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In this issue: June 26- July 2, 2017

  • Featured Research
  • Osteoarthritis Research This Week
  • Funding Opportunities
  • Current Study Recruitment

Featured Research

Osteoarthritis Prevalence in Retired National Football League Players With a History of Concussion and Lower Extremity Injury

Lynall, R.C, et al., Journal of Athletic Training

Dynamic balance deficits have been described after concussion, even after athletes return to full play. Persistent alterations in neuromuscular control may increase the risk of a lower extremity (LE) injury. Additionally, changes in movement biomechanics and joint loading after concussion have been implicated as potential risk factors in the development of chronic disability and joint degeneration. The aim of this study was to examine the association of concussion and LE injury with the prevalence of osteoarthritis (OA) in retired NFL players, who represent a unique and available cohort of athletes who frequently sustain concussions and LE injuries.

Retired NFL players (n = 3226) who had completed the Health Survey of Retired NFL Players were included in the study. Data were collected on demographic information, years playing NFL football, number of concussions sustained, frequency of specific LE injuries, and presence of OA. Researchers categorized the number of concussions (0, 1, 2, or 3+) and the number of LE injuries (0, 1, or 2+), and then created 12 discrete categories, ranging from individuals with 0 concussions and 0 LE injuries to individuals with 3+ concussions and 2+ LE injuries. Binomial regression models were used to model the lifetime prevalence of OA, controlling for BMI, number of years playing in the NFL, and current age.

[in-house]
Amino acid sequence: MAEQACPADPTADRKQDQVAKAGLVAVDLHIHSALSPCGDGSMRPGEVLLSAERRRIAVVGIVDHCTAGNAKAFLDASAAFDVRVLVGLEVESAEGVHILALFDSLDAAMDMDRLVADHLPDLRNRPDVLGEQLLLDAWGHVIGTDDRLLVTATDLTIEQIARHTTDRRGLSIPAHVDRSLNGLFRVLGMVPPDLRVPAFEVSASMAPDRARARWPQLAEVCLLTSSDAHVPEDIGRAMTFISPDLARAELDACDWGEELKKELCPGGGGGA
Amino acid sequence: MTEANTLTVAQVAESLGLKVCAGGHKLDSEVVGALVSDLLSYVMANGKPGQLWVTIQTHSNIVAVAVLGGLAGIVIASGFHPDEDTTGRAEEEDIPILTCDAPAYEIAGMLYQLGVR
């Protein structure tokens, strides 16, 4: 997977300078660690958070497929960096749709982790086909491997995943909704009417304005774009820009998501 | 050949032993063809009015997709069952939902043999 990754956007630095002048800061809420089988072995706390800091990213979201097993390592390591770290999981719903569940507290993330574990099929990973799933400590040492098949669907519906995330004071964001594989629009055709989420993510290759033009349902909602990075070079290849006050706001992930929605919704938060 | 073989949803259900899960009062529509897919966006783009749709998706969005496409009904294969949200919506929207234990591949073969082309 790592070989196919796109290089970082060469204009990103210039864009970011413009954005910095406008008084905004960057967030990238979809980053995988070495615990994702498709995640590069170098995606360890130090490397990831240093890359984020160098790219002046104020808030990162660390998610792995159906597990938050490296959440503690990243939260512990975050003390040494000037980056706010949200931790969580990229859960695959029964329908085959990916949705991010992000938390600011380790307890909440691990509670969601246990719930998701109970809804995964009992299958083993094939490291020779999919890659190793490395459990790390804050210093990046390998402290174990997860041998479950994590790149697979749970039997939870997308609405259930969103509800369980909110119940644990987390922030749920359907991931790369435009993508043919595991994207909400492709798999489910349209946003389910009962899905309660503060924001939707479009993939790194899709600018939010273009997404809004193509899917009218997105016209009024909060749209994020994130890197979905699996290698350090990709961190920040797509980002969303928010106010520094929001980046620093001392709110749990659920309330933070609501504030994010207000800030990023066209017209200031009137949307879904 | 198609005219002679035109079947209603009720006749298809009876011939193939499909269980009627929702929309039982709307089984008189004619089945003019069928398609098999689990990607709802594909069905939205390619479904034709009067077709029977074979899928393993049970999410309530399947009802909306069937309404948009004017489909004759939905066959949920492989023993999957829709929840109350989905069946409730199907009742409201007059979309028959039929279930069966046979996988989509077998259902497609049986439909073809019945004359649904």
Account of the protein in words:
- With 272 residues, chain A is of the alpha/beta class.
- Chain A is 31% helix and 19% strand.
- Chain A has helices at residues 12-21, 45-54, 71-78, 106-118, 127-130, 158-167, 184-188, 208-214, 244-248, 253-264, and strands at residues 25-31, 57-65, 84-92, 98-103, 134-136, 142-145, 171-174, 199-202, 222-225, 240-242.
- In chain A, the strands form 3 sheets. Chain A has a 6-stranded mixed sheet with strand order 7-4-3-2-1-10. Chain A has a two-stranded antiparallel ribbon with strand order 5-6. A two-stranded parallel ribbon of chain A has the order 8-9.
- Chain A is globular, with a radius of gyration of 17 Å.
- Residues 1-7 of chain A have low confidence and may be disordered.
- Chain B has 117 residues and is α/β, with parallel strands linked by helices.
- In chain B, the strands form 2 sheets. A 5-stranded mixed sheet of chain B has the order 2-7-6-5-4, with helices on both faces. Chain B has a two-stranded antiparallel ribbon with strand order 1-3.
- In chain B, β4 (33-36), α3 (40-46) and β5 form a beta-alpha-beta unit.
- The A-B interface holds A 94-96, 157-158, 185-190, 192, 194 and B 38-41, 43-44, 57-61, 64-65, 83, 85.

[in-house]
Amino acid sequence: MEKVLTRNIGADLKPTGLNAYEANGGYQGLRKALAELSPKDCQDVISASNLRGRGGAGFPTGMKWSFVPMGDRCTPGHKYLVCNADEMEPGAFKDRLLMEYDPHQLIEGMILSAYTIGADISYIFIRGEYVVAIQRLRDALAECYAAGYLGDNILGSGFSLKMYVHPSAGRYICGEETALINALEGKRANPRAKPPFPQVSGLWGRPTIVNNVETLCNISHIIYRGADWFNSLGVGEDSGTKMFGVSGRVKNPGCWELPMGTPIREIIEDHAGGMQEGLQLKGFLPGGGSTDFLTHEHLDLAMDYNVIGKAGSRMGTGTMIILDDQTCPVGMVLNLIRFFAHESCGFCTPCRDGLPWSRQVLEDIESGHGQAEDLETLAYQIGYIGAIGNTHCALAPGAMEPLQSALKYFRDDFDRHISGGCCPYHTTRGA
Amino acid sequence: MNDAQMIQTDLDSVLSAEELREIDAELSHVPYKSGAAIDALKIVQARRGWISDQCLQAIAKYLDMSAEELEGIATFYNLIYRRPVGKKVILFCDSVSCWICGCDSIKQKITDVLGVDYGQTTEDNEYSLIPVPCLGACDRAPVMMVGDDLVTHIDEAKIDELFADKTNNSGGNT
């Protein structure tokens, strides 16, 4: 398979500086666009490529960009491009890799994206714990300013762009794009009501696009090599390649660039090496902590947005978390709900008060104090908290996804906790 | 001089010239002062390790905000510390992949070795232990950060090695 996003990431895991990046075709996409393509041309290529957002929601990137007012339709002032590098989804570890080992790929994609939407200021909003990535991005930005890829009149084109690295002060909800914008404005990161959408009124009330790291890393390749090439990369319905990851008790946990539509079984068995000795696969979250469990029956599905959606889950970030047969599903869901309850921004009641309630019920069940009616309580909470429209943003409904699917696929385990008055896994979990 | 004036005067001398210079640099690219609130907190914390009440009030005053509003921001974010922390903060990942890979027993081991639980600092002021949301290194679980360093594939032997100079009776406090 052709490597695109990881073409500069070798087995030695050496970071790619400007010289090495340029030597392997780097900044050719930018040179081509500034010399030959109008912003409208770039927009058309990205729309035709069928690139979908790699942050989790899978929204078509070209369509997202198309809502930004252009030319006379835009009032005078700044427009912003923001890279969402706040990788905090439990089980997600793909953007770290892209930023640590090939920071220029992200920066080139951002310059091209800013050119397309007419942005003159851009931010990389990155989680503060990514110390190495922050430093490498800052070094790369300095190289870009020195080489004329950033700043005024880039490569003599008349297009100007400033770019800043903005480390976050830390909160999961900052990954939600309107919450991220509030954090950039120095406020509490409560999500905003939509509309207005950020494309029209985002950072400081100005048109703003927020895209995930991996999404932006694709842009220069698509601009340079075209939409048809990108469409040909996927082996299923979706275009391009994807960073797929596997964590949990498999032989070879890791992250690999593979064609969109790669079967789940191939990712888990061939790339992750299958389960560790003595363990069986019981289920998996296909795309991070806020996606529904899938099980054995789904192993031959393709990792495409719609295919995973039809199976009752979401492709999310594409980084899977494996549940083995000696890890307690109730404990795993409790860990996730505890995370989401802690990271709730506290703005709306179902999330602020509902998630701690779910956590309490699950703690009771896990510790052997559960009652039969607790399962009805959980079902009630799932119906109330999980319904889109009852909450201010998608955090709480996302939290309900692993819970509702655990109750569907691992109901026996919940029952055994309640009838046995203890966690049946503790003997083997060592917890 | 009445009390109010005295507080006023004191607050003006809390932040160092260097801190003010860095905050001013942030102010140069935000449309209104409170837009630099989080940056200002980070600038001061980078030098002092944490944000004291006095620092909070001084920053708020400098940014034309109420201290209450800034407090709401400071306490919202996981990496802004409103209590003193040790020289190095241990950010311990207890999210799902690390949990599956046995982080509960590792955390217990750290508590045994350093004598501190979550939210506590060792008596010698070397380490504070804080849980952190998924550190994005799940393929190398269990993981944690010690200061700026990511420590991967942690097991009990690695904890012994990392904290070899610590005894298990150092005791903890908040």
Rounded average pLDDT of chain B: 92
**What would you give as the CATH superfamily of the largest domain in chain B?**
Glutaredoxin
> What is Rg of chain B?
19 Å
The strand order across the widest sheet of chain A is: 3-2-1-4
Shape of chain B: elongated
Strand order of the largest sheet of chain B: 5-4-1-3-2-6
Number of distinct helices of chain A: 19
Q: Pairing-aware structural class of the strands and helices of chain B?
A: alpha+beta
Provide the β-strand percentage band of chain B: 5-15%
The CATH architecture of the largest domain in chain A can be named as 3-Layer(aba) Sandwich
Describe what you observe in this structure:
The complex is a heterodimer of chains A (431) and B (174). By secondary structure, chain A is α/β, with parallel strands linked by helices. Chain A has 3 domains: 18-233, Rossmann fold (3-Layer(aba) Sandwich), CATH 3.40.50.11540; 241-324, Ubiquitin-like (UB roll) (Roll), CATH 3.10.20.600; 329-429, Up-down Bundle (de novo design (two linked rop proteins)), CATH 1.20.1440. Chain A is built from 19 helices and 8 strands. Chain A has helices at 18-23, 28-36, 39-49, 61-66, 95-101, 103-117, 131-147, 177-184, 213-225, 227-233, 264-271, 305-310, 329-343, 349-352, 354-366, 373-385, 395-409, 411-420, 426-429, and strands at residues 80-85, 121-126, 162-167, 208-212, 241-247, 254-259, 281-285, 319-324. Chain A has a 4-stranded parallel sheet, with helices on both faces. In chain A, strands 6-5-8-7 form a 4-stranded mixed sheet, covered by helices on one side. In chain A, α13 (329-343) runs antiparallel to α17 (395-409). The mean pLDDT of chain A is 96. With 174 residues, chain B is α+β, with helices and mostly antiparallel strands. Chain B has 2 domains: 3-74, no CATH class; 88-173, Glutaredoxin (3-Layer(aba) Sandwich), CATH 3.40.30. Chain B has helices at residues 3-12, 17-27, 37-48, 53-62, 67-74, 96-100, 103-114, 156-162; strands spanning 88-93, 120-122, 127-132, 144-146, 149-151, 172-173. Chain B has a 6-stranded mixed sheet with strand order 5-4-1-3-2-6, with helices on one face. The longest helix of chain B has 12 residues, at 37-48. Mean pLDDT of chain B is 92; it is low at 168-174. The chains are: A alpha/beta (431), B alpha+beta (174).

Lifetime prevalence of OA increased with the number of LE injuries, with the prevalence of OA in the 2+ LE injury group being 70% higher than in the 0 LE injuries group. Using the 12-category exposure variables, prevalence of OA was smallest in the 0 concussion/0 LE injuries group (21.1%) and largest in the 3+ concussions/2+ LE injuries group (50.6%). Participants in all concussion groups (1, 2, 3+) who reported a history of 0 LE injuries had a greater OA prevalence than the referent group. The impact of concussion and LE injury was stronger among those younger than 55 years of age compared with those older than 55 years of age.

Researchers concluded that concussion with or without a history of LE injury may be an important moderator of OA.

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